Construction News

Sat October 31 2020

Related Information

Engineer scorched after striking 11,000-volt cable with jack hammer

13 Oct 10 A Kent construction and engineering company has been prosecuted after an employee suffered severe burns when his jack hammer touched unexposed underground electricity cables.

A Kent construction and engineering company has been prosecuted after an employee suffered severe burns when his jack hammer touched unexposed underground electricity cables.

Bradley Marsh, 28, from Ashford, suffered 62% burns to his upper body, face, neck and arms when he inadvertently struck the 11,000 volt cable while working at a construction site in Tovil, Maidstone.

An investigation by the Health and Safety Executive (HSE) found his employer, Ashford-based Dwyer Engineering Services, was in breach of a number of safety regulations after the incident at Burial Ground Lane, on 12 June 2009.

Maidstone Magistrates Court heard the firm did not have a capable supervisor on site, which contributed to poor practices being commonplace. There was also no suitable system in place for the identification of underground cables.

Additionally, Marsh was not trained to dig within 500mm of the live cables, a factor which led to the electrocution.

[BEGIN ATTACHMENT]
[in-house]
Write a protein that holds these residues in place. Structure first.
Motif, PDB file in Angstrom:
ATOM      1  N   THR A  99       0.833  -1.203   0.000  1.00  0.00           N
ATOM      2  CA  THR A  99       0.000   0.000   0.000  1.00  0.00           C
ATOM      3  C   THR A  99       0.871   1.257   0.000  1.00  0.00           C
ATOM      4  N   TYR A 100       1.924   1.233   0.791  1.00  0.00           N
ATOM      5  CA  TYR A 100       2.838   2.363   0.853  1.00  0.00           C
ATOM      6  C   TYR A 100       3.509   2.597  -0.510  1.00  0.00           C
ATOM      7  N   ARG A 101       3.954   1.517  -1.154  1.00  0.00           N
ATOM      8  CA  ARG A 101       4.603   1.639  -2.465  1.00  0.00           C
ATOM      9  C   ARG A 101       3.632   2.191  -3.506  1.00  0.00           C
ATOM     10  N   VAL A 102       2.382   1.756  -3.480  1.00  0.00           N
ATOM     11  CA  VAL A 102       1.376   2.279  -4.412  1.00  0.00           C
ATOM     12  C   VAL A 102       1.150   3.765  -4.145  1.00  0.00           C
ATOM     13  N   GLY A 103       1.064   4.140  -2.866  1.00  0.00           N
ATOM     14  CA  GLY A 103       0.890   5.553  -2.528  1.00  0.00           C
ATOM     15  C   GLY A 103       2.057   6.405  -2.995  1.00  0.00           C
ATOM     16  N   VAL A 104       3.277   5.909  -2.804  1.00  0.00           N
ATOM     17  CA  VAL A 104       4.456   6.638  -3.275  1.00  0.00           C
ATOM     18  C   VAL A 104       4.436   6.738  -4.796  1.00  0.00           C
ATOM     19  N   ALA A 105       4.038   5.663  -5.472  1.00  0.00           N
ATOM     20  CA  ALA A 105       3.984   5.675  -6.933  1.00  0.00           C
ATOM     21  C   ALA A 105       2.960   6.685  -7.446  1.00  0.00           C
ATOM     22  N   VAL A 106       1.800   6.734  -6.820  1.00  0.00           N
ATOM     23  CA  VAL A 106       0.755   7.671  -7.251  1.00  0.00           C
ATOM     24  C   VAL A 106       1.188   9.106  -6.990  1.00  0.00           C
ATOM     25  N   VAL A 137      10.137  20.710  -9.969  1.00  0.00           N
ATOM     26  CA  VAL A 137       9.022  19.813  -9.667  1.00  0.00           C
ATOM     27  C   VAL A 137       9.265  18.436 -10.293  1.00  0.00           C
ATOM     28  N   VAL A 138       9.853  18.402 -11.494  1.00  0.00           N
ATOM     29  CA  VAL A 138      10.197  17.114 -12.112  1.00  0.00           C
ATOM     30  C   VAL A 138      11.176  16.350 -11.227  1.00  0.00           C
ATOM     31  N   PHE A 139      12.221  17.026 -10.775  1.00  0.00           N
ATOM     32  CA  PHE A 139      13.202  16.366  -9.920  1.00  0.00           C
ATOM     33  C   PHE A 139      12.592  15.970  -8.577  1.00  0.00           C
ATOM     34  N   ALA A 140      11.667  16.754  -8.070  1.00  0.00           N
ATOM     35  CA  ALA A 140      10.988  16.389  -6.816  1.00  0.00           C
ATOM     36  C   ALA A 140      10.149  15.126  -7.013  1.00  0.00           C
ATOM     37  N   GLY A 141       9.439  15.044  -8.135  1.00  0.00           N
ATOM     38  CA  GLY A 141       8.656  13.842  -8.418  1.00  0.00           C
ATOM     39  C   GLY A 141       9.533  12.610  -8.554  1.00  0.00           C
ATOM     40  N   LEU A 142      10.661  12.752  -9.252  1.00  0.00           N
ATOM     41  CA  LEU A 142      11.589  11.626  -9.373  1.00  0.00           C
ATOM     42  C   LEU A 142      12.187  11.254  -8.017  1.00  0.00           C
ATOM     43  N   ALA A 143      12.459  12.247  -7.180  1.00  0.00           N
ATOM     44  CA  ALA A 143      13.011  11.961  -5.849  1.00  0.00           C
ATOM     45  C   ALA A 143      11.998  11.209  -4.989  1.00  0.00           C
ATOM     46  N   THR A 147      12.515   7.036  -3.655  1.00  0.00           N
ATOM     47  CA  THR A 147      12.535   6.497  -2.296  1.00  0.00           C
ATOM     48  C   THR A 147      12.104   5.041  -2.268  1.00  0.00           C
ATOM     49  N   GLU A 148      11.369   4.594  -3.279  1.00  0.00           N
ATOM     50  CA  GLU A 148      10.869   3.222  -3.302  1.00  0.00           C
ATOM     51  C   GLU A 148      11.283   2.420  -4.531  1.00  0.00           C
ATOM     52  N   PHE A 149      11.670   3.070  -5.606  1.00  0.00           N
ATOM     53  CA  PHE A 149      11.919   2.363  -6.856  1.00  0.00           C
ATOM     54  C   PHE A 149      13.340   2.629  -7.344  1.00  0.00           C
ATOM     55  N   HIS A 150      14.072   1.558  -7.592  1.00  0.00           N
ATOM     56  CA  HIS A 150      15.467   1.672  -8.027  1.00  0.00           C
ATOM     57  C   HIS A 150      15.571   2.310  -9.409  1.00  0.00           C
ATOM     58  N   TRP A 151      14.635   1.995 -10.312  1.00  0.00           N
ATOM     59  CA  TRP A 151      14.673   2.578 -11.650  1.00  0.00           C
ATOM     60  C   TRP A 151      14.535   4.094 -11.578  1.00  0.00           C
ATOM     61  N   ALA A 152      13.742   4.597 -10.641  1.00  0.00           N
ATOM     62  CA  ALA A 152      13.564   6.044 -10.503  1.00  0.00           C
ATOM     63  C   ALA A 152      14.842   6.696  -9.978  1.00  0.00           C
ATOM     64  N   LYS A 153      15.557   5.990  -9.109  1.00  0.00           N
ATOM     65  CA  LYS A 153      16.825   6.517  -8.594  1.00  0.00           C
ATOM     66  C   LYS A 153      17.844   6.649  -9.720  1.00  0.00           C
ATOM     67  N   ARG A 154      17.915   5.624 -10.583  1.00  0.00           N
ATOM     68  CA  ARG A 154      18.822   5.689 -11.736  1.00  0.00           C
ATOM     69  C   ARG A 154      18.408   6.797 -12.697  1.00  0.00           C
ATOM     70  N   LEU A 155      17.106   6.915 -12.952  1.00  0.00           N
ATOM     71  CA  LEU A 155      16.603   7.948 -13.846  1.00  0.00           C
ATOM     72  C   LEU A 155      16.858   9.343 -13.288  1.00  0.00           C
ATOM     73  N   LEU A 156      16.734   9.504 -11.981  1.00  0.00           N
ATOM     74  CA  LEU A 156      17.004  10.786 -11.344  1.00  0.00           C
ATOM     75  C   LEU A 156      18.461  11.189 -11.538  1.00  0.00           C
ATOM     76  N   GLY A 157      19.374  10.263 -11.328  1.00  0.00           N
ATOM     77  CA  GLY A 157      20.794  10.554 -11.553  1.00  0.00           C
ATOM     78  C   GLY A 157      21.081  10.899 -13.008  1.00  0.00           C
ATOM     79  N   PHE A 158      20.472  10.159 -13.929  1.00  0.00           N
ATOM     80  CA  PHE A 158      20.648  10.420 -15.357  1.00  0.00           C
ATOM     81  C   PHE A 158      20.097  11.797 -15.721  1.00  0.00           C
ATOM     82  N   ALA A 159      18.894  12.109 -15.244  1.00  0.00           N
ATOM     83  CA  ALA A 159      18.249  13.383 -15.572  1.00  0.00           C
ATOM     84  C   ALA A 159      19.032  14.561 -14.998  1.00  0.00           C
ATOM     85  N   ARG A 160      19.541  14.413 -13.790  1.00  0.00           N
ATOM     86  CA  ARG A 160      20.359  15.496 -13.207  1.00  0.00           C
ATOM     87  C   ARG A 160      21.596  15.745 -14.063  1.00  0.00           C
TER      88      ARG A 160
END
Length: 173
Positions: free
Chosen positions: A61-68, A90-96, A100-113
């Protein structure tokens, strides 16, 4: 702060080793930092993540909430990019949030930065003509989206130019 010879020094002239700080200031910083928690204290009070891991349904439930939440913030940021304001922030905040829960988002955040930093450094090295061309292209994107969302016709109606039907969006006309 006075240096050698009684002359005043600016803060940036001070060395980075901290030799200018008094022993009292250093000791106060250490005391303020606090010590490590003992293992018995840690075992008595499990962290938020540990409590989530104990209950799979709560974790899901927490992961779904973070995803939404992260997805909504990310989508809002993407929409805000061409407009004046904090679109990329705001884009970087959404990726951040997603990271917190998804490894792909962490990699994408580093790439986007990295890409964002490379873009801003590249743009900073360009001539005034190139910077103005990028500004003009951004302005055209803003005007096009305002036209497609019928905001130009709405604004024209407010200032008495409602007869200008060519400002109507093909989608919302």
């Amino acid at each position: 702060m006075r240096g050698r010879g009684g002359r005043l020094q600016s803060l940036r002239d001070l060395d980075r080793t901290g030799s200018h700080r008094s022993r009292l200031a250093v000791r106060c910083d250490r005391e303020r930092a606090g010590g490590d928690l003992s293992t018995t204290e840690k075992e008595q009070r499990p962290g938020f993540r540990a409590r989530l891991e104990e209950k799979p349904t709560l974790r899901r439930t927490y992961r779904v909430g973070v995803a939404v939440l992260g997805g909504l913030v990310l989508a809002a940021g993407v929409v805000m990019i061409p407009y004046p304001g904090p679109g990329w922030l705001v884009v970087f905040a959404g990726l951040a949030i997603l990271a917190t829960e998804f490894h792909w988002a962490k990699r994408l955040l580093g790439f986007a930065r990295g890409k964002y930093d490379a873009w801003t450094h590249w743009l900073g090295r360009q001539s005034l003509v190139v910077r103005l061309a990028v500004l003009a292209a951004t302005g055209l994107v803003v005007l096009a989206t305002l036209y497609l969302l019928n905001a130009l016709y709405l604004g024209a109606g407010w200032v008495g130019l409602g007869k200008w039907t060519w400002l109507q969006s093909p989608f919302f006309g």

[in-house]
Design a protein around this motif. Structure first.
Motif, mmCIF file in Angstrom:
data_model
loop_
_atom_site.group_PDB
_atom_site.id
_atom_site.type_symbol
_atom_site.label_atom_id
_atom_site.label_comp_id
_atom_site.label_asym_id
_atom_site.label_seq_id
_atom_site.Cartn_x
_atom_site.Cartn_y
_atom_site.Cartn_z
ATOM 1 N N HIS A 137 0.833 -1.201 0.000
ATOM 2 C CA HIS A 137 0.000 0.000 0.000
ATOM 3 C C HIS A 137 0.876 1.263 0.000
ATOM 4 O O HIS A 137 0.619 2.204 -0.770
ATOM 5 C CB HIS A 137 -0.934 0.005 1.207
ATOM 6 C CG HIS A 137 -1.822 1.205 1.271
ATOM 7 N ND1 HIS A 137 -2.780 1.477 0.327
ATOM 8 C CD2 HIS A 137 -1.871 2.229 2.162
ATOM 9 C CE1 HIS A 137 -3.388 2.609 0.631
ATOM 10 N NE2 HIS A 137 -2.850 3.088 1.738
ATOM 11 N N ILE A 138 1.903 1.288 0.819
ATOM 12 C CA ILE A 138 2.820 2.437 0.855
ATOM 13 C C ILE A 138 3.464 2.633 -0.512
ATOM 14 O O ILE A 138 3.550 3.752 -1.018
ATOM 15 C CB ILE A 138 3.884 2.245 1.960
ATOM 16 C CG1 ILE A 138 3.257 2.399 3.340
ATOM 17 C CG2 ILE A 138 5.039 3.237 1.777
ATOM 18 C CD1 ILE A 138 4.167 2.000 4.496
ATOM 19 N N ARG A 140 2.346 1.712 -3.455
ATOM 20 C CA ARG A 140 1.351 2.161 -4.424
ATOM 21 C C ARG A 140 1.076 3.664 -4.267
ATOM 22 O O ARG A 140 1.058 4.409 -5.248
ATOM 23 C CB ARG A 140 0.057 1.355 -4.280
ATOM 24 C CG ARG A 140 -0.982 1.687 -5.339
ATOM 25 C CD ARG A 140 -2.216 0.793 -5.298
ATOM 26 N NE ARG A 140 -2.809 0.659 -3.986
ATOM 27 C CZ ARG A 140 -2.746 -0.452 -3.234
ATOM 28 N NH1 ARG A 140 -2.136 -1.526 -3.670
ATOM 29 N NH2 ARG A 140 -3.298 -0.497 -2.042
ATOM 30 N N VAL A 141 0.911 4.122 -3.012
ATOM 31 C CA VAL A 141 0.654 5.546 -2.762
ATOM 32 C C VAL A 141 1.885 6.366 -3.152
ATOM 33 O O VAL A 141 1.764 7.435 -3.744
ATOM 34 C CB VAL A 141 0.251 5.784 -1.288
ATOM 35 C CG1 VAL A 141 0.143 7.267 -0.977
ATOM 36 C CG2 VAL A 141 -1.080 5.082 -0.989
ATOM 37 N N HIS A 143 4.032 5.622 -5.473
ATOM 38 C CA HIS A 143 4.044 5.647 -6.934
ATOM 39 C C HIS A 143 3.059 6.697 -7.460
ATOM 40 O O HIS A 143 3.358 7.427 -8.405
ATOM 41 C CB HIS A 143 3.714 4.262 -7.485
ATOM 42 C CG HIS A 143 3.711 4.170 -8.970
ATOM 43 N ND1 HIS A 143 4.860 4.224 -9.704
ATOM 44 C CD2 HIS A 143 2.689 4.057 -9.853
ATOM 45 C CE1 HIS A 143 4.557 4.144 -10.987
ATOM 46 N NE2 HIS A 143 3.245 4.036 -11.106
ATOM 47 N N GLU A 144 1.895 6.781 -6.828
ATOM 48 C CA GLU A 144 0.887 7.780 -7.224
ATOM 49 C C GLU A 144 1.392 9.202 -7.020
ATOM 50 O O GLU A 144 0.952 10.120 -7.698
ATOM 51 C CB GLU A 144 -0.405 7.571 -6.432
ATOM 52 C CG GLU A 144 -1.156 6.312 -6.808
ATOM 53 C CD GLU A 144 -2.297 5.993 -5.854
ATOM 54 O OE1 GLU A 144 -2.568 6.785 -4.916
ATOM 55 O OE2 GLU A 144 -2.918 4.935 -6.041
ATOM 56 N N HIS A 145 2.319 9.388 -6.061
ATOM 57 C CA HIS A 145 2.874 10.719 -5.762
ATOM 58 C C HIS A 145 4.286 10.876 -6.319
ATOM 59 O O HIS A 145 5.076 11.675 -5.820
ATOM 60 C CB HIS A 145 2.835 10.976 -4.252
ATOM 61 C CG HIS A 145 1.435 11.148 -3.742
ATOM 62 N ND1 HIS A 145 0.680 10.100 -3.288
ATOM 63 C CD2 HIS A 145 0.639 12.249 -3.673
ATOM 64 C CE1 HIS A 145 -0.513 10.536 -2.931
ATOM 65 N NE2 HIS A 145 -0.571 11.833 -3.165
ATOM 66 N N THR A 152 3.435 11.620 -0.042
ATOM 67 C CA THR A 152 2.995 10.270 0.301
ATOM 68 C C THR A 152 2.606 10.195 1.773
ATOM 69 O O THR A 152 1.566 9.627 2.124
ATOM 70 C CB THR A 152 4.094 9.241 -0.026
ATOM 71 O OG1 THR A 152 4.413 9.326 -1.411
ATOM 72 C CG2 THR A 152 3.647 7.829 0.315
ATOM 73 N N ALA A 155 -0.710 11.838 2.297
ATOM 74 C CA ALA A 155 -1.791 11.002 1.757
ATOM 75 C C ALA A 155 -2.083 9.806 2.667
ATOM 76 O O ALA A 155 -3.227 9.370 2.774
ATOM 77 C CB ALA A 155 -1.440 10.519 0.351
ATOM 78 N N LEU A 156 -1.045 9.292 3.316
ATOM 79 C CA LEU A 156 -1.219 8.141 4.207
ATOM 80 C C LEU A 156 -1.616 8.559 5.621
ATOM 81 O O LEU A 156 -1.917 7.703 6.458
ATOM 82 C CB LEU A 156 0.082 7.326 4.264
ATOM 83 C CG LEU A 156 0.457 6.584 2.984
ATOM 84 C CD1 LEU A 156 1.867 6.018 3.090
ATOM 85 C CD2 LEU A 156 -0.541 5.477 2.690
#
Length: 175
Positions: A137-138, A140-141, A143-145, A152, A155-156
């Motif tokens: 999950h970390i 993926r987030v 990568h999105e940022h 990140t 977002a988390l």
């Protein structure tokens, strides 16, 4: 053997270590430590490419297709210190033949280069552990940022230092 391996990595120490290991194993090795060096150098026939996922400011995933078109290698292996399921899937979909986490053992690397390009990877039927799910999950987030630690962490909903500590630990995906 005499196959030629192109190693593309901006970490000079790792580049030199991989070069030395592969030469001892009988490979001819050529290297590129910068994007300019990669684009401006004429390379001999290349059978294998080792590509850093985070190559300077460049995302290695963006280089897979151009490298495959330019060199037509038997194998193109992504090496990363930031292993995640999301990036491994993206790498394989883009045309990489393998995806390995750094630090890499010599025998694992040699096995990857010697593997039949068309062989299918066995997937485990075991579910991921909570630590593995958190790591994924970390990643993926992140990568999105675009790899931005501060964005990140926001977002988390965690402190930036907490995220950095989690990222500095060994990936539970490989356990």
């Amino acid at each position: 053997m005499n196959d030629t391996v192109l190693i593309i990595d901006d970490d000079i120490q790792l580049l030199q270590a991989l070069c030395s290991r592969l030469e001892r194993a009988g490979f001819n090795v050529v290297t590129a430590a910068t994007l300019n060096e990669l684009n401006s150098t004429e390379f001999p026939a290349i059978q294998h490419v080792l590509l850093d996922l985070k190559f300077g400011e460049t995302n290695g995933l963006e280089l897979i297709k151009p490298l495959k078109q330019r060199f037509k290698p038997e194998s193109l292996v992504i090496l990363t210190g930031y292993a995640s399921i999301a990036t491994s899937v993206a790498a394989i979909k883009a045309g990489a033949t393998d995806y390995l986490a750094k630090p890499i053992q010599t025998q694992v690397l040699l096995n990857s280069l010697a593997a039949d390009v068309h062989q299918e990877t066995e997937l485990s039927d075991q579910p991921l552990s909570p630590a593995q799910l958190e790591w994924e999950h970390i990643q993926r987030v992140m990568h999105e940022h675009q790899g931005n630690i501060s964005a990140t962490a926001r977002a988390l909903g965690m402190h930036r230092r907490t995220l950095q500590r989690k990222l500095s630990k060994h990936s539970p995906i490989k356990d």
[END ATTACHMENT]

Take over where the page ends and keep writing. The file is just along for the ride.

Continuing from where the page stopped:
Dwyer Engineering Services pleaded guilty to breaching 25(1) of the Construction (Design and Management) Regulations 2007. The company was fined £20,000 and was also ordered to pay costs of £14,532.

Related Information

Marsh was hospitalised for six weeks after the incident, and as a result of his injuries cannot expose himself to direct sunlight, due to skin grafts. His house has been adapted so he can sleep downstairs and he is unlikely to work again.

HSE inspector, David Fussell, said: “This incident was wholly avoidable and demonstrates the need for site safety in the construction sector, especially as contact with live electricity is a common cause of serious incidents. In this case, the employer failed to assess the risks to the operator who was digging in close proximity to 11,000 volt electrical cables.

“The fact that serious injury or death can result from contact with electricity, either via personnel, machinery or vehicles, makes it all the more essential for employers to have safe working procedures for any work involving electrical plant, cabling or equipment.

“If Dwyer Engineering Services Ltd had been prepared to spend a little time locating underground services, using signs, maps, and locating devices, then this incident would have been avoided.”

HSE provides clear guidance on working safety on construction sites and avoiding danger from underground services in booklet HSG47. All construction companies and associated trades are encouraged to look at this guidance to prevent incidents.

Sign up to our FREE email newsletters or subscribe to our RSS feed for regular updates on the latest construction news, construction tenders, construction data, and construction law.

Got a story? Email news@theconstructionindex.co.uk

MPU

Click here to view more construction news »